In this world it is said, "One inch gives the hand advantage", but these are the idle words of one who does not know strategy. It shows the inferior strategy of a weak sprit that men should be dependant on the length of their sword, fighting from a distance without the benefit of strategy.

    I expect there is a case for the school in question liking extra-long swords as part of it's doctrine, but if we compare this with real life it is unreasonable. Surely we need not necessarily be defeated if we are using a short sword, and have no long sword?

    It is difficult for these people to cut the enemy when at close quarters because of the length of the long sword. The blade path is large so the long sword is an encumbrance, and they are at a disadvantage compared to the man armed with a short companion sword.

    From olden times it has been said: "Great and small go together." So do not unconditionally dislike extra-long swords. What I dislike is the inclination towards the long sword. If we consider large-scale strategy, we can think of large forces in terms of long swords, and small forces as short swords. Cannot few men give battle against many? There are many instances of few men overcoming many.

    Your strategy is of no account if when called on to fight in a confined space your heart is inclined to the long sword, or if you are in a house armed only with your companion sword. Besides, some men have not the strength of others.

    In my doctrine, I dislike preconceived, narrow spirit. You must study this well"

    I am just putting this in here for the sake of knowledge....
    Watashiwa Yagyu Jubei desu Ganbate

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    Member Member Shoko's Avatar
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    Nice work BSM

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    Member Member BakaGaijin's Avatar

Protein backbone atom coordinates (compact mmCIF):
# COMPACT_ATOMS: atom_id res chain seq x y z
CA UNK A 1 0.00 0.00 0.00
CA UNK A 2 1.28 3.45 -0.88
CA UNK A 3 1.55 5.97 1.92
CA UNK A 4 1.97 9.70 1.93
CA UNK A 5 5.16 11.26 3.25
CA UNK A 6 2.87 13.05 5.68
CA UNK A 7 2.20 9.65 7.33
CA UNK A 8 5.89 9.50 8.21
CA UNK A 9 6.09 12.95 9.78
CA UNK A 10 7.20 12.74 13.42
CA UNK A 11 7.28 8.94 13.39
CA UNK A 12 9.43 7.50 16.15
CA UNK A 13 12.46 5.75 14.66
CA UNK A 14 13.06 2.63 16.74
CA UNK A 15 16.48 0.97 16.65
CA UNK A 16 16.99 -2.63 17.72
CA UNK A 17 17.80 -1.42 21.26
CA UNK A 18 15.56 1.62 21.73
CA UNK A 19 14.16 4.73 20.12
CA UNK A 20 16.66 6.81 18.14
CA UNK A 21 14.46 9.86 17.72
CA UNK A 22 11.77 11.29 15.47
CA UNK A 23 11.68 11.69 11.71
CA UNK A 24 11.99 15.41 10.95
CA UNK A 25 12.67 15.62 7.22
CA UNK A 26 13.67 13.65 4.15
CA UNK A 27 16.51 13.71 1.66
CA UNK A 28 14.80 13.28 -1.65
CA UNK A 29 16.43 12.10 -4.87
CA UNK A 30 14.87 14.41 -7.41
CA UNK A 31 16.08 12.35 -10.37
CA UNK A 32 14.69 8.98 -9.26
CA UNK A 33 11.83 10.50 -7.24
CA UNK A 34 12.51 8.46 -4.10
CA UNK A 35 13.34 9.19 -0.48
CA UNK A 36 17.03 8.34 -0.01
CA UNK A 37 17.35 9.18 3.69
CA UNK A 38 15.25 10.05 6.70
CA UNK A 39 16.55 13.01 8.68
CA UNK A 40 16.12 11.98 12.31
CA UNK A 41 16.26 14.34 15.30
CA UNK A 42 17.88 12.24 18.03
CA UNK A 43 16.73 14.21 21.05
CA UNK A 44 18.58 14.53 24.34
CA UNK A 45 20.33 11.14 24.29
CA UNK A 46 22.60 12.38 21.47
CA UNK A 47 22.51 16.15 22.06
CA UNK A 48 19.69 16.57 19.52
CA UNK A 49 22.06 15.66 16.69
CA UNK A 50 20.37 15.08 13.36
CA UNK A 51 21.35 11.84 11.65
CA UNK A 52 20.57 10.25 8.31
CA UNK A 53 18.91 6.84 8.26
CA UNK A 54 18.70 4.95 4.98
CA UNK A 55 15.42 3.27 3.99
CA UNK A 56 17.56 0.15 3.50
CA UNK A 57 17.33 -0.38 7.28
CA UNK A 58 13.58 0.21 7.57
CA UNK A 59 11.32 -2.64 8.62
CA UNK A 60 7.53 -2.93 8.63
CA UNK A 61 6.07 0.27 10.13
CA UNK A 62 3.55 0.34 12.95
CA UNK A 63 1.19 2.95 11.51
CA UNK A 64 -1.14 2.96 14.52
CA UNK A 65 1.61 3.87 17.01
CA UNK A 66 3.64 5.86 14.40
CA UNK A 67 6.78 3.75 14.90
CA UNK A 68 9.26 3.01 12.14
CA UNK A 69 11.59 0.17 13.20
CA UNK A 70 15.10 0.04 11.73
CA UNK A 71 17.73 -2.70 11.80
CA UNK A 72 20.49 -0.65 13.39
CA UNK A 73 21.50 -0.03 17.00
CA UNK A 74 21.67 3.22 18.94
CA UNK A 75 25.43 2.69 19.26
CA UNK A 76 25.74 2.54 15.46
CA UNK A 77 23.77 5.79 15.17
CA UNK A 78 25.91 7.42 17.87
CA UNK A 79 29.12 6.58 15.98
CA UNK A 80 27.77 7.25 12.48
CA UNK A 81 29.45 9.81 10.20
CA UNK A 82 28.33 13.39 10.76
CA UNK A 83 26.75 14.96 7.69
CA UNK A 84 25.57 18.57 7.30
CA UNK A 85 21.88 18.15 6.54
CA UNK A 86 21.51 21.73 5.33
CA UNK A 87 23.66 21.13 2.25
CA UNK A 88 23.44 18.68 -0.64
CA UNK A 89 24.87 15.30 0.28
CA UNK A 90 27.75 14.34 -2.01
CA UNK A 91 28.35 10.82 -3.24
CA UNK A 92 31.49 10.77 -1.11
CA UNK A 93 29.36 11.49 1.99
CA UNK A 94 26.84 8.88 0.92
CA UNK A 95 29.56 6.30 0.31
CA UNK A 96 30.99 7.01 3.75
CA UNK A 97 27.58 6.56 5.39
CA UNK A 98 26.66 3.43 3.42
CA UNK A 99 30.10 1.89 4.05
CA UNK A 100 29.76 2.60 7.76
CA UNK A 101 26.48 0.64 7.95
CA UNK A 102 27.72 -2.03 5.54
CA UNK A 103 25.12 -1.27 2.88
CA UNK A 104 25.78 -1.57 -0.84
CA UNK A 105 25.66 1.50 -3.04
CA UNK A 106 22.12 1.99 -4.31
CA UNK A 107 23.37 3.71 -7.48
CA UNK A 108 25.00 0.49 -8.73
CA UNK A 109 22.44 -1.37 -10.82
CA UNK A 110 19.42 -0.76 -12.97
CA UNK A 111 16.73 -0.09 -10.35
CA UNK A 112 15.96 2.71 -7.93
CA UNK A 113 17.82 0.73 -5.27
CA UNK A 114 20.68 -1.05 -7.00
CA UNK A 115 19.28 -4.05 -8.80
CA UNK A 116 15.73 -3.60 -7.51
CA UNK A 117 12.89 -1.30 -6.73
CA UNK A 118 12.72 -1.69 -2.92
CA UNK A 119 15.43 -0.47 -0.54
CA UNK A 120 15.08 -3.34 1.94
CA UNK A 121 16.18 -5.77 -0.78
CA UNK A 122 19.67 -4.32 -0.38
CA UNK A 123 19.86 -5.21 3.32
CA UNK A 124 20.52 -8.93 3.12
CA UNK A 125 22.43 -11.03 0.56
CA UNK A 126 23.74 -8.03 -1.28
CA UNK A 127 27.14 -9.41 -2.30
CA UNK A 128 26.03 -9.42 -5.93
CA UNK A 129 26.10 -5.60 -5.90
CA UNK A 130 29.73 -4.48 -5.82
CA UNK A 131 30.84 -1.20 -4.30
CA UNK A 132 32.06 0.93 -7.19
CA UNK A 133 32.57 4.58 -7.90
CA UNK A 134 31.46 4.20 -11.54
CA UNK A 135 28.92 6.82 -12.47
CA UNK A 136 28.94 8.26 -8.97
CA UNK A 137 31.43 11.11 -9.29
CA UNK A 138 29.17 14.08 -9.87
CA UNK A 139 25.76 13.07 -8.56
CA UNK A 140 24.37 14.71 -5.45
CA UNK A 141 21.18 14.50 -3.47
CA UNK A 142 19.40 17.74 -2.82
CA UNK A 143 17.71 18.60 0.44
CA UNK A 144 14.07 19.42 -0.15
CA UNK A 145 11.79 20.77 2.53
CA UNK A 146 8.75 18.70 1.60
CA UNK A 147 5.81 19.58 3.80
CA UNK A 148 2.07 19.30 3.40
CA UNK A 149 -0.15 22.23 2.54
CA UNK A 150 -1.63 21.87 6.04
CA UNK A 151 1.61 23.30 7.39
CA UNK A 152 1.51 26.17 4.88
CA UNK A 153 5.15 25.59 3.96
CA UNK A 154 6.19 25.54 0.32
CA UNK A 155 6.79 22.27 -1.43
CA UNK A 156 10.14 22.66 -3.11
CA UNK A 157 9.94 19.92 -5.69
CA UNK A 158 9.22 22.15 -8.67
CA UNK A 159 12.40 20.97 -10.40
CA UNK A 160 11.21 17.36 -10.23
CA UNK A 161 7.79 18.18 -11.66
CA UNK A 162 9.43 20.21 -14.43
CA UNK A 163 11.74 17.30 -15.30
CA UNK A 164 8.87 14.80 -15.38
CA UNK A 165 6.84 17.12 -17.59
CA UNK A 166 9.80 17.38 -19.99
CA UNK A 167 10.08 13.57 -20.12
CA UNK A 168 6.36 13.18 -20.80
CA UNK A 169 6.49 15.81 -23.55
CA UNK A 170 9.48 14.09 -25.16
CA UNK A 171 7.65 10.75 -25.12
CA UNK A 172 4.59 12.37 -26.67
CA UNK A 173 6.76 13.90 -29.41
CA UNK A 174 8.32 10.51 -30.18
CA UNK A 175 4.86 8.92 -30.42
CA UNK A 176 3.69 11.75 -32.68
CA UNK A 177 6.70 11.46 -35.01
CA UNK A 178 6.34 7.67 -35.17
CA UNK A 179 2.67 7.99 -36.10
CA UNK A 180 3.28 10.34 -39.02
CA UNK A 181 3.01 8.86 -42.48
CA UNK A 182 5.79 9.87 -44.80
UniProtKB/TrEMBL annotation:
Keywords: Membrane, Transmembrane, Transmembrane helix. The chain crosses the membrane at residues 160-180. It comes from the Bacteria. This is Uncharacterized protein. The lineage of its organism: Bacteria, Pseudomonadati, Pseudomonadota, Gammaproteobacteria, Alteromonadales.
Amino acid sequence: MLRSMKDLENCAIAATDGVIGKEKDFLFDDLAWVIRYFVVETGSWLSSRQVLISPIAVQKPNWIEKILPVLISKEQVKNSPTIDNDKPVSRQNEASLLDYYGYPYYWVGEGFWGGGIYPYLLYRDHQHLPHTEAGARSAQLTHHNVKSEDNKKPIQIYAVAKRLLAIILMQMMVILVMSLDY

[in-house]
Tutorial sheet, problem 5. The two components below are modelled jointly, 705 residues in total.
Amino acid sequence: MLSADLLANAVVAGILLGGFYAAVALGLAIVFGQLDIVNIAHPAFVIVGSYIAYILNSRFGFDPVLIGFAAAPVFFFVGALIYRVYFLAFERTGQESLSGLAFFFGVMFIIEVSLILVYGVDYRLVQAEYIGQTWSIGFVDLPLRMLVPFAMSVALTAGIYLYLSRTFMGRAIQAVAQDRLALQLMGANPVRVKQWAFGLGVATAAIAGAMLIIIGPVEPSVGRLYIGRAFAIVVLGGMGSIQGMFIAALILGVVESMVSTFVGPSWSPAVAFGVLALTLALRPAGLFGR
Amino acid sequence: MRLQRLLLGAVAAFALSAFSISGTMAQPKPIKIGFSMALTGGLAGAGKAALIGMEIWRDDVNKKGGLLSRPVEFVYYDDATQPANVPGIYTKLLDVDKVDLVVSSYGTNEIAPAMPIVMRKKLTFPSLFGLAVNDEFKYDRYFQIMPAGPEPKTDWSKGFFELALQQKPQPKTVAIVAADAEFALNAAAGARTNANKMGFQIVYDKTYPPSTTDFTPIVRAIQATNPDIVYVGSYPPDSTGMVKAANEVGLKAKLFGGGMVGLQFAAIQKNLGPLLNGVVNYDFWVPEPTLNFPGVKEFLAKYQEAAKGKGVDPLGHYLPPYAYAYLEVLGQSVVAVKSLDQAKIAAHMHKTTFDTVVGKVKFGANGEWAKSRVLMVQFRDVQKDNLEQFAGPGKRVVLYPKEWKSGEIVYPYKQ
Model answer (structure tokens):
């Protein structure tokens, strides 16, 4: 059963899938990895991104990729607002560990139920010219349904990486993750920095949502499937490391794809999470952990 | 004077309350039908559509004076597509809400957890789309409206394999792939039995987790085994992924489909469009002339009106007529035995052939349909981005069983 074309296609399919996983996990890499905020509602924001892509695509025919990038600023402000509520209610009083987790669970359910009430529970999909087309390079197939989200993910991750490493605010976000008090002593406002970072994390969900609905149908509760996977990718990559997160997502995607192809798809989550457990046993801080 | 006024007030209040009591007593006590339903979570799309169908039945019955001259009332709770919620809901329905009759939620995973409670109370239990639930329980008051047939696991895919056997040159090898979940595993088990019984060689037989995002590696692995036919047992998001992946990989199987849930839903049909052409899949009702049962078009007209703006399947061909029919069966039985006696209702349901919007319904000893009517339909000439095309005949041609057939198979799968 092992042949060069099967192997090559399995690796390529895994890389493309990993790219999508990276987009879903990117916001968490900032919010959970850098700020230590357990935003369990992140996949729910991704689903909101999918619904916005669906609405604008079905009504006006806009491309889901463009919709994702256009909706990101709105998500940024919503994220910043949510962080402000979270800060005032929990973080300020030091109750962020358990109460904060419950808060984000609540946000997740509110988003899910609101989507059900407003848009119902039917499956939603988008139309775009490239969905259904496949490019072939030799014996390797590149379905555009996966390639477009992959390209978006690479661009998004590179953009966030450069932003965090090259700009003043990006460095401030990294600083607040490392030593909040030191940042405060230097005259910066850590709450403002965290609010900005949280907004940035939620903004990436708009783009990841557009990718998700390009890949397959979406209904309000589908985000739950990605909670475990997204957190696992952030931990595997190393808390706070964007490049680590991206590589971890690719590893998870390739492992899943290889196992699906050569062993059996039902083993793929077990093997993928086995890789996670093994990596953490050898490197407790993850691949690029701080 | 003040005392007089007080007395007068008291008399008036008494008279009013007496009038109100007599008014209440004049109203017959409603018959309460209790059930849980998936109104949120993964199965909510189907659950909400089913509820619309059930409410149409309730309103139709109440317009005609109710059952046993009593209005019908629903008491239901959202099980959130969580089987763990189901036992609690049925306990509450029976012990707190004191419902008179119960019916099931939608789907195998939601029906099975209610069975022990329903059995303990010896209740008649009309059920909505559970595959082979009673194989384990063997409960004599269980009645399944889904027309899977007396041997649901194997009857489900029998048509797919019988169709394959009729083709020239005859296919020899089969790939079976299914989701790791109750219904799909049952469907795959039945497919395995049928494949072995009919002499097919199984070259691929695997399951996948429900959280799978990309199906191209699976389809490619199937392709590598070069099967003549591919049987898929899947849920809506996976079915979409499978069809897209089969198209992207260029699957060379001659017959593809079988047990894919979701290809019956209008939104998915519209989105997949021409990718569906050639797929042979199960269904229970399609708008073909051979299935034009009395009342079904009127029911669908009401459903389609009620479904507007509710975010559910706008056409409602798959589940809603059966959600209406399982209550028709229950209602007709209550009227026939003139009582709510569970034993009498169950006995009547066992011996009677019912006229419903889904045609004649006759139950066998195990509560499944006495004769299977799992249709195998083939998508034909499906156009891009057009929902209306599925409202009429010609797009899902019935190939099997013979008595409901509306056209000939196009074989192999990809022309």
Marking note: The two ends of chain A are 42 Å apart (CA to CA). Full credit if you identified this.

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    Nodachi are featured in the Bushido Blade games for PS1, both of which come highly recommended by yours truly. The Nodachi is difficult weapon to use well in the games, but it can be deadly, due to its long reach.

    I must confess, however, to being rather more a fan of the Sabre in Bushido Blade than any of the Japanese weapons, other than the Katana w/ Iaijutsu. Sorry.

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    Member Member Irving's Avatar
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    NOOOOOOO!

    infidel

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    Chaos is born from order.
    Cowardice is born from bravery.
    Weakness is born from strength.
    -Sun Tzu
    Chaos is born from order.
    Cowardice is born from bravery.
    Weakness is born from strength.
    -Sun Tzu

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    Member Member BakaGaijin's Avatar
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    I may be an infidel, but my fast, deadly four-hit combo with the Sabre is pretty much a guaranteed kill.

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    "If your soul is imperfect, living will be difficult." -- Ryo Hayabusa, DOA2
    "If your soul is imperfect, living will be difficult." -- Ryo Hayabusa, DOA2

    "Hey, why are the enemy throwing their cookware at us?" *KABOOM* -- Thunderbomber sneak attack!